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File #: 2021-666   
Type: Regular Agenda Item
Body: Planning Board
On agenda: 2/22/2021
Title: PLN21-0009 - Zoning Text Amendments - Citywide - Applicant: City of Alameda. Public Hearing to Consider Recommending City Council Adoption of an Ordinance Amending Alameda Municipal Code Chapter 30 (Development Regulations) to Streamline Residential Open Space Requirements and Remove Utility Requirements for Multiple Houses (Condominiums). The proposed zoning text amendments are exempt from the California Environmental Quality Act (CEQA) pursuant to CEQA Guidelines Section 15061(b)(3), where it can be seen with certainty that the proposed text amendments will not have a significant effect on the environment, and 15183, projects consistent with a community plan, General Plan or zoning.
Attachments: 1. Exhibit 1 Draft Ordinance

Title

 

PLN21-0009 - Zoning Text Amendments - Citywide - Applicant: City of Alameda.  Public Hearing to Consider Recommending City Council Adoption of an Ordinance Amending Alameda Municipal Code Chapter 30 (Development Regulations) to Streamline Residential Open Space Requirements and Remove Utility Requirements for Multiple Houses (Condominiums).  The proposed zoning text amendments are exempt from the California Environmental Quality Act (CEQA) pursuant to CEQA Guidelines Section 15061(b)(3), where it can be seen with certainty that the proposed text amendments will not have a significant effect on the environment, and 15183, projects consistent with a community plan, General Plan or zoning. 

 

Body

 

To: Honorable President and Members of the Planning Board

 

EXECUTIVE SUMMARY

 

In recent years, the City Council, Planning Board, and staff have been working to streamline entitlement processes and remove constraints to residential development. The work program to eliminate unnecessary governmental barriers to housing production is also prescribed in the Housing Element and State Housing Law.

 

Staff is currently proposing for Planning Board and public consideration a set of zoning amendments to simplify the residential open space standards, in particular, eliminating the separate requirements for private and common open space as well as eliminating prescriptive requirements on open space configuration. The amendments do not change the total amount of open space required.   Separately, staff is also proposing amendments to remove regulations that mandate certain amounts of storage area, utility and in-unit laundry facilities for Multiple Houses (condominiums).  The proposed amendments are intended to streamline regulations and reduce cost for housing development in Alameda.  

 

BACKGROUND:

 

Residential Open Space Regulations

 

AMC Section 30-5.12 establishes residential open space requirements.  The requirements prescribe total open space based on the number of housing units, including a minimum amount of private open space (private patio or balcony) per unit, and a minimum amount of common (shared) open space for the residents within a residential development.  The requirements also prescribe minimum dimensions, eligible locations, and configuration requirements.  For example, the rules prohibit yard areas along side and rear property lines to be counted as private open space.  An example of a location and configuration requirement would be that private open space in a front yard must have a minimum dimension of 10 feet in one direction but cannot extend across half the width of the building or half the depth of the front yard.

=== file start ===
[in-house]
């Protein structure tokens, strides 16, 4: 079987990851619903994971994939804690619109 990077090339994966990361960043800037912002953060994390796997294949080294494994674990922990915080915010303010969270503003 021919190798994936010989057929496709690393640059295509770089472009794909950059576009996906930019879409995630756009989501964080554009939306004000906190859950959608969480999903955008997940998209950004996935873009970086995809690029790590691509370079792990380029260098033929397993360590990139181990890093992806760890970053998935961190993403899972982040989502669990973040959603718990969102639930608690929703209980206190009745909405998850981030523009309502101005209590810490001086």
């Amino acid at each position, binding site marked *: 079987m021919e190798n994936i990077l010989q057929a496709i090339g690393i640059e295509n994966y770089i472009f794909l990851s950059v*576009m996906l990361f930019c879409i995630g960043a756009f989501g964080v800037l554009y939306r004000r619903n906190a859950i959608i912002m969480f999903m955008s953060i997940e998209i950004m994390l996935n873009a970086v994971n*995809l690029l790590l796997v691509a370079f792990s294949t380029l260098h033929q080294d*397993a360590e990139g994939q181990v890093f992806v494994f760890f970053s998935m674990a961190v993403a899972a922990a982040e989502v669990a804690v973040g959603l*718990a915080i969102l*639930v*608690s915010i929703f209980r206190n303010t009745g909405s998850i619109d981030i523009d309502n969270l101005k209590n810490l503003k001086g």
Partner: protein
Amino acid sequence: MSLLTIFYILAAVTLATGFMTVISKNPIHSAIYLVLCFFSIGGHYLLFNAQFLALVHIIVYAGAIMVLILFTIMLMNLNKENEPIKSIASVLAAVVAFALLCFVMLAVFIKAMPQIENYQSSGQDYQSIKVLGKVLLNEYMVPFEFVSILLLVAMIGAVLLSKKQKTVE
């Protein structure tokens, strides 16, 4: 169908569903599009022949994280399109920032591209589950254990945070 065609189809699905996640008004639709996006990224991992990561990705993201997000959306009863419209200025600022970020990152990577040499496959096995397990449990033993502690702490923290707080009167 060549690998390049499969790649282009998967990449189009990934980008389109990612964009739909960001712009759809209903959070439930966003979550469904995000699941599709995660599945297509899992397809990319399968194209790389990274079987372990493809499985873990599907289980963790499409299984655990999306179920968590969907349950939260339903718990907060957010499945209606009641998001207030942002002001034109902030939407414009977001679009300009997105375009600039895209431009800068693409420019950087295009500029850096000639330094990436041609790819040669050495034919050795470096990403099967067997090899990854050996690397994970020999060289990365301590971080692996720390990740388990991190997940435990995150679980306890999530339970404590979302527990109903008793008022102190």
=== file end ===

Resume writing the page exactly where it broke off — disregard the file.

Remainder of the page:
Staff and housing developers have found the open space requirements confusing and not conducive to design creativity that may yield better open space options. The prescriptive requirements generally dictate building designs with balconies on upper floors and fenced-in patios on the ground floor.  In 2018, the Alameda Housing Authority argued, as part of its Rosefield Village affordable housing development that the increased cost of providing balconies for every upper level unit would require reducing costs elsewhere, including reducing the number of units in the project.  Moreover, mandating private open space for every unit would come at the expense of reducing common amenities and other outdoor programming space that might otherwise better serve the needs of the residents.

DISCUSSION

Proposed Amendment

Staff’s recommended approach is to require total usable open space (e.g., 300 square feet per unit) and allow a property owner to provide that open space as either common or private open space, or a mix that best suits the development.  This would give applicants the flexibility to design and distribute private and common open space amenities based on individual project needs. The draft ordinance maintains the existing minimum standards for different types of space (e.g., any outdoor open space must have a dimension of 8 feet wide to be counted as usable open space).